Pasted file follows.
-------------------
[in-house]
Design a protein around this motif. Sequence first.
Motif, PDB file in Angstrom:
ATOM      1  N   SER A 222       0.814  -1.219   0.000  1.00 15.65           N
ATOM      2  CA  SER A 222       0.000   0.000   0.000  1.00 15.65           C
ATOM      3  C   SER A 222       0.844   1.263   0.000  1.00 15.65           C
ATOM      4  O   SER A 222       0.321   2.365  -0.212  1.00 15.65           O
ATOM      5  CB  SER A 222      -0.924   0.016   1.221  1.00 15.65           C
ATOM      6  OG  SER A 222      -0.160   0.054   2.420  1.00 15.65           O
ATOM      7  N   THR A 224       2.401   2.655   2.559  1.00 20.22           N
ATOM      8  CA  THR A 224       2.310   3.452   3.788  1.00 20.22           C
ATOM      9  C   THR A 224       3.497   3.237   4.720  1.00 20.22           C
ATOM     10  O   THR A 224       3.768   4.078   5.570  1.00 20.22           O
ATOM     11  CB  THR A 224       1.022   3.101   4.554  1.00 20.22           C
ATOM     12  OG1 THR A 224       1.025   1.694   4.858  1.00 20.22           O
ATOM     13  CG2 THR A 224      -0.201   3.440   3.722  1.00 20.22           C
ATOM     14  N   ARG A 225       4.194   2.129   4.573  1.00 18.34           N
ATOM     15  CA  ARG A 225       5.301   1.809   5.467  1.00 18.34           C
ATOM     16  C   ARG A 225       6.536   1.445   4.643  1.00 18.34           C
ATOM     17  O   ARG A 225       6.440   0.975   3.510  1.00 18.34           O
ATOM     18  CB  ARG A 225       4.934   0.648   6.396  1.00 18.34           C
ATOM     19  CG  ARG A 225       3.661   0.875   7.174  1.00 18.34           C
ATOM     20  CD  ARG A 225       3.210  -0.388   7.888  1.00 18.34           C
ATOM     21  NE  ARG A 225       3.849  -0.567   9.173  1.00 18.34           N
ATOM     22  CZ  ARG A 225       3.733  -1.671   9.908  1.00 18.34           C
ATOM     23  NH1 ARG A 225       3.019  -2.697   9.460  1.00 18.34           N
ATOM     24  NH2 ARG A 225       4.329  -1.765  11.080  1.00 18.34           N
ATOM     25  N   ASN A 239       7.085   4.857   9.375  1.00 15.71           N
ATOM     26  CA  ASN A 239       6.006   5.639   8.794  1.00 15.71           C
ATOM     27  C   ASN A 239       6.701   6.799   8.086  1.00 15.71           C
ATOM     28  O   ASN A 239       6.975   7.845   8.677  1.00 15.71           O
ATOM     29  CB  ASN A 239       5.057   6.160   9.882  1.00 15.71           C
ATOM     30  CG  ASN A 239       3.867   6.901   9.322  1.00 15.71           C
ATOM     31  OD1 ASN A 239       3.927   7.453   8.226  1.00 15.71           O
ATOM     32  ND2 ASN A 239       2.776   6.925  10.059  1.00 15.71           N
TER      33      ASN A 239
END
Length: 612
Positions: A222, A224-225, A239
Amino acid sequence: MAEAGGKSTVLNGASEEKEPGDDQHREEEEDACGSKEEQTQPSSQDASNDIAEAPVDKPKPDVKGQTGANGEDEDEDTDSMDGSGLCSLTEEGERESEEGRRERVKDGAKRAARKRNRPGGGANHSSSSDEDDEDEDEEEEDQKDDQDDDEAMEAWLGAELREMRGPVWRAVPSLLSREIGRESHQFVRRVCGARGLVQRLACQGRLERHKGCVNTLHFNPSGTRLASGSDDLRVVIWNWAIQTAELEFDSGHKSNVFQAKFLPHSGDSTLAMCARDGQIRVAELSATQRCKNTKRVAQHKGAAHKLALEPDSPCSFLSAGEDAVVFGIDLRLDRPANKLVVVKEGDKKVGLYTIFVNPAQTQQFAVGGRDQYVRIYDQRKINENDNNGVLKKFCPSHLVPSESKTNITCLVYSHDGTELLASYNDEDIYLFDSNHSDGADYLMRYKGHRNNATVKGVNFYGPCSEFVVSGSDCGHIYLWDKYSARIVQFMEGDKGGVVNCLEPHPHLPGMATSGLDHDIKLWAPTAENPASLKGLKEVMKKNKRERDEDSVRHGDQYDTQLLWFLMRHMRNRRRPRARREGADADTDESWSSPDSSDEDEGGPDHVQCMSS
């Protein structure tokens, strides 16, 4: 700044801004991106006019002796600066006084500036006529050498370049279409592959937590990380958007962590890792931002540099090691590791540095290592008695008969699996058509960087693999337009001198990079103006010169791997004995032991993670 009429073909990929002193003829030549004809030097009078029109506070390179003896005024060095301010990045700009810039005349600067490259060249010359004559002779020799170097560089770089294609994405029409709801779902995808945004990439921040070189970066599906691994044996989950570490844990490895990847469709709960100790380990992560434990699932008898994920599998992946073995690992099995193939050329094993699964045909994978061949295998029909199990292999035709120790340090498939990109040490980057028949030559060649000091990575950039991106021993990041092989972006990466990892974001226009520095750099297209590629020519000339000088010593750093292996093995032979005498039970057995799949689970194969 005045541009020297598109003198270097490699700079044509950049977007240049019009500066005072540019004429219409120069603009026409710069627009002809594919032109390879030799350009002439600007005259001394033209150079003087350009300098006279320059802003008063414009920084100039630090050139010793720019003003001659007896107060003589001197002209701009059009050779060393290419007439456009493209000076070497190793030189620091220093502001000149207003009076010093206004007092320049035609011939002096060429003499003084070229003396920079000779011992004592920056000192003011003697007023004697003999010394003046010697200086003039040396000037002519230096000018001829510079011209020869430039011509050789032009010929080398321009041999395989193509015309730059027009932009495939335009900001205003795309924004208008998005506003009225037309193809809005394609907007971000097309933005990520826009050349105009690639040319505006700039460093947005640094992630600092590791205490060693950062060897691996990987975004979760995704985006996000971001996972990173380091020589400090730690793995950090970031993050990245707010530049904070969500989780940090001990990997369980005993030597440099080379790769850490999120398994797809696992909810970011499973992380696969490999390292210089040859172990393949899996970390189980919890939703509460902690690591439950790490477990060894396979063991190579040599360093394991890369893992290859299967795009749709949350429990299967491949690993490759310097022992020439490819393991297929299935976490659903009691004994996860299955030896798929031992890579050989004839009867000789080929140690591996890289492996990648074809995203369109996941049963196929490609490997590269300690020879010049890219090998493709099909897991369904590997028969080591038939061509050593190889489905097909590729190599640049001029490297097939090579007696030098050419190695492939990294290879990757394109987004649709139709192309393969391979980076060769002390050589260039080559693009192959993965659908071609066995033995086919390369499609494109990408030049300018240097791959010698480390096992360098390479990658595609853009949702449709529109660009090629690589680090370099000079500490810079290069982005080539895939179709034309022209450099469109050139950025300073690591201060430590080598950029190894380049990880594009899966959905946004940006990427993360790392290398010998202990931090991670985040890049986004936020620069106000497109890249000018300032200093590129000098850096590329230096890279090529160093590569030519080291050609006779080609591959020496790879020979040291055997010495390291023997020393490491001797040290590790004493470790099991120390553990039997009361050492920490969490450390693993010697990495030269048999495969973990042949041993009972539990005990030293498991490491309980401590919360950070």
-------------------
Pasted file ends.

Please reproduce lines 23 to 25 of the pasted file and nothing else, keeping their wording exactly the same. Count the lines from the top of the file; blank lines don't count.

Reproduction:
ATOM     20  CD  ARG A 225       3.210  -0.388   7.888  1.00 18.34           C
ATOM     21  NE  ARG A 225       3.849  -0.567   9.173  1.00 18.34           N
ATOM     22  CZ  ARG A 225       3.733  -1.671   9.908  1.00 18.34           C